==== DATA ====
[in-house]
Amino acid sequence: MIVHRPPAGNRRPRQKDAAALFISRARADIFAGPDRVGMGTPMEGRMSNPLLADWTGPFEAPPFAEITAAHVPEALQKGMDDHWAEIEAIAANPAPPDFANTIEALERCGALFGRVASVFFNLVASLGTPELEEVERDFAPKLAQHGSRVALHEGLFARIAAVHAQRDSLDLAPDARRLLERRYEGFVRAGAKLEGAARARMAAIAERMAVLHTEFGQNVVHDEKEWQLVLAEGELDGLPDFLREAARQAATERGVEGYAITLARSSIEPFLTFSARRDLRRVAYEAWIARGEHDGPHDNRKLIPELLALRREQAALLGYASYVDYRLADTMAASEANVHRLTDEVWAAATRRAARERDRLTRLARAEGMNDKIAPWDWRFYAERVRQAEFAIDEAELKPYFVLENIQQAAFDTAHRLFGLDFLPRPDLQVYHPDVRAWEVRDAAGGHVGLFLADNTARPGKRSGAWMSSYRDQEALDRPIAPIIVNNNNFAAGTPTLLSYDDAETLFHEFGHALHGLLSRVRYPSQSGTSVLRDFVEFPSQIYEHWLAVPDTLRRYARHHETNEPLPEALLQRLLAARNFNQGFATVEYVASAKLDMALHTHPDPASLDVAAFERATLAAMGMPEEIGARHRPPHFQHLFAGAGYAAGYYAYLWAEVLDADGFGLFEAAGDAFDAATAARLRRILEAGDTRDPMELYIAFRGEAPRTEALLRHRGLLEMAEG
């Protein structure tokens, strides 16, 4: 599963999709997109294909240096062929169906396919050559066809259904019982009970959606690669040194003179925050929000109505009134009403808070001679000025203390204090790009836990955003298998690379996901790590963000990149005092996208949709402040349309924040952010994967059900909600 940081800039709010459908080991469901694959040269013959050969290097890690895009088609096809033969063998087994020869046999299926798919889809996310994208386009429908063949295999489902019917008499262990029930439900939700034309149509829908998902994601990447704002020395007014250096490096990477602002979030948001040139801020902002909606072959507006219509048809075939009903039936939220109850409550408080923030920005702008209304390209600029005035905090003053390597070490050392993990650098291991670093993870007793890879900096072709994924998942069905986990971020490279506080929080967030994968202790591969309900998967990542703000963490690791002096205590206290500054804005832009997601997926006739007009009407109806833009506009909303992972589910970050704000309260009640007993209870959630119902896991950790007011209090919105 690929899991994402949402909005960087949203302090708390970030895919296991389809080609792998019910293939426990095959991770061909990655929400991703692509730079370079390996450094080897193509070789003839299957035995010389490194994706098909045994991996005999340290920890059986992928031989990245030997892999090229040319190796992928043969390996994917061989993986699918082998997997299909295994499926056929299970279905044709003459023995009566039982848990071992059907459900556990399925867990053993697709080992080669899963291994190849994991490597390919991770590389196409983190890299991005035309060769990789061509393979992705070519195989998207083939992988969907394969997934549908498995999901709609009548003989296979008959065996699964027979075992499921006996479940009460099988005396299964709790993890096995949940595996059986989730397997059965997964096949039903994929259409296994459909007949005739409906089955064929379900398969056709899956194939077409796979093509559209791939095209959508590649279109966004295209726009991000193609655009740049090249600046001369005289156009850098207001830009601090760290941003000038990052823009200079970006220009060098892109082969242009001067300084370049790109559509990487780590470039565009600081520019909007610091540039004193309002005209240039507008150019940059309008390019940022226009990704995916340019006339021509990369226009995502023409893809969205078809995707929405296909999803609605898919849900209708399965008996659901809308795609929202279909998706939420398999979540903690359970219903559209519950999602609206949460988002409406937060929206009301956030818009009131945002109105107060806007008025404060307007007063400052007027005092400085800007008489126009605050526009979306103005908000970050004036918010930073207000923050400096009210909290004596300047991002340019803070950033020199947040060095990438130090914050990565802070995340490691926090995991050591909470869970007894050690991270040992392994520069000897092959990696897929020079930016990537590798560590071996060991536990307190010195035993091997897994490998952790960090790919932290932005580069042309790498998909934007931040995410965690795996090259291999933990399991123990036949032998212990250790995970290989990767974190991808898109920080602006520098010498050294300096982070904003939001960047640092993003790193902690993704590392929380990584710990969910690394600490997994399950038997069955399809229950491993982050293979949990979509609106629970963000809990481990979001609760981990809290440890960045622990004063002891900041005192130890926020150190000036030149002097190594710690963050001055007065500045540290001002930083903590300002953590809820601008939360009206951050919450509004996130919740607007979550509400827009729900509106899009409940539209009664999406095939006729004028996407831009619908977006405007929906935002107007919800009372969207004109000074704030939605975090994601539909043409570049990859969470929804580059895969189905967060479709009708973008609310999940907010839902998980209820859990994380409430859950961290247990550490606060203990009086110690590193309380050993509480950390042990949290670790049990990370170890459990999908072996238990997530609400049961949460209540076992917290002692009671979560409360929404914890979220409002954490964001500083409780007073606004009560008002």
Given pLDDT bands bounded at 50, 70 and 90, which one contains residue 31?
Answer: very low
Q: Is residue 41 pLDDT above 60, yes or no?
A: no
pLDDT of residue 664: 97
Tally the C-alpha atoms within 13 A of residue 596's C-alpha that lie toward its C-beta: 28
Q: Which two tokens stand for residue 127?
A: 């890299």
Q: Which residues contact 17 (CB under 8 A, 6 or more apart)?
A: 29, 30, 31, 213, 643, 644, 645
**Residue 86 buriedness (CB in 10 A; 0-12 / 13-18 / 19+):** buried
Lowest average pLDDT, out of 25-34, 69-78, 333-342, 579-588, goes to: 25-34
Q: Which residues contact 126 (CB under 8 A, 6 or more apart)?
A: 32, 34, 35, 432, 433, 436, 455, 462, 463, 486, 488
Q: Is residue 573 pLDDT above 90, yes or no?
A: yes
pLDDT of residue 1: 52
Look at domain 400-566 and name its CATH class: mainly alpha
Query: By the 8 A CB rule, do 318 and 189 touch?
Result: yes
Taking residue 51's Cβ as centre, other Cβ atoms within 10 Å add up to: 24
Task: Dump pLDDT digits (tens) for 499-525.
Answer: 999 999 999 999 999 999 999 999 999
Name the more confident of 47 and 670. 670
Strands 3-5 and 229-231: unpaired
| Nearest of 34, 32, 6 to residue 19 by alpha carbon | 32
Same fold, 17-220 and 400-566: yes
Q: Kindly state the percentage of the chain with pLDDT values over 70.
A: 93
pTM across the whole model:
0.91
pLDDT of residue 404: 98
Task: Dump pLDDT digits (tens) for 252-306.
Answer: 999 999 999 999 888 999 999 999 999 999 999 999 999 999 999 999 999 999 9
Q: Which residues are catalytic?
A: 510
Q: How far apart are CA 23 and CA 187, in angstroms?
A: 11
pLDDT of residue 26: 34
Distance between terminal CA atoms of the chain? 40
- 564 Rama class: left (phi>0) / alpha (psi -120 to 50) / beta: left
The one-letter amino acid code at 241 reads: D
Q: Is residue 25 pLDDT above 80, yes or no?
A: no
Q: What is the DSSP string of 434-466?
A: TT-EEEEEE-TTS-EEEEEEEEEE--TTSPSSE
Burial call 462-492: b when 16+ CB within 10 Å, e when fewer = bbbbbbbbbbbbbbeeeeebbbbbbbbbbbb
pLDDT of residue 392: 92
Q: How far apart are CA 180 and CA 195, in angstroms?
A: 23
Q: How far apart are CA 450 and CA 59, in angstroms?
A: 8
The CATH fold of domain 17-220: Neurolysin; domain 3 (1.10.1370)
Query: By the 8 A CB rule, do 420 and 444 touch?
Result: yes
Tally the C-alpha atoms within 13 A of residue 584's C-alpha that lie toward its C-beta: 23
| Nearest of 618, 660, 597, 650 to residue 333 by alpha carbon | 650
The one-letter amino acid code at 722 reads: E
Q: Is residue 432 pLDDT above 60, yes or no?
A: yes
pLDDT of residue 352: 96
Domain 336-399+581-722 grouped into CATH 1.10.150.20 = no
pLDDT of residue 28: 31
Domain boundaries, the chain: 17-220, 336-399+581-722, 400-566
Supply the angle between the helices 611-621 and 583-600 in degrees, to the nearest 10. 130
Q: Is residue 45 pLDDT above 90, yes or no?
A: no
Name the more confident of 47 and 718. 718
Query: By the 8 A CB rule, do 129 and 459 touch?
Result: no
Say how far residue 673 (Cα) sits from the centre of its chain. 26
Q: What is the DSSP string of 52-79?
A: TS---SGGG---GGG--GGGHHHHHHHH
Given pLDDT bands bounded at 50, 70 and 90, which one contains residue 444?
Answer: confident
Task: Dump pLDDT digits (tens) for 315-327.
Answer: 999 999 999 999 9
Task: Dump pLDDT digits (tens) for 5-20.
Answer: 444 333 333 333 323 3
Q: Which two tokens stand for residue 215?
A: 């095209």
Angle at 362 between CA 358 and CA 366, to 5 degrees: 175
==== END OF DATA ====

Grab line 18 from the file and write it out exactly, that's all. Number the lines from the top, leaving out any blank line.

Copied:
Q: Is residue 573 pLDDT above 90, yes or no?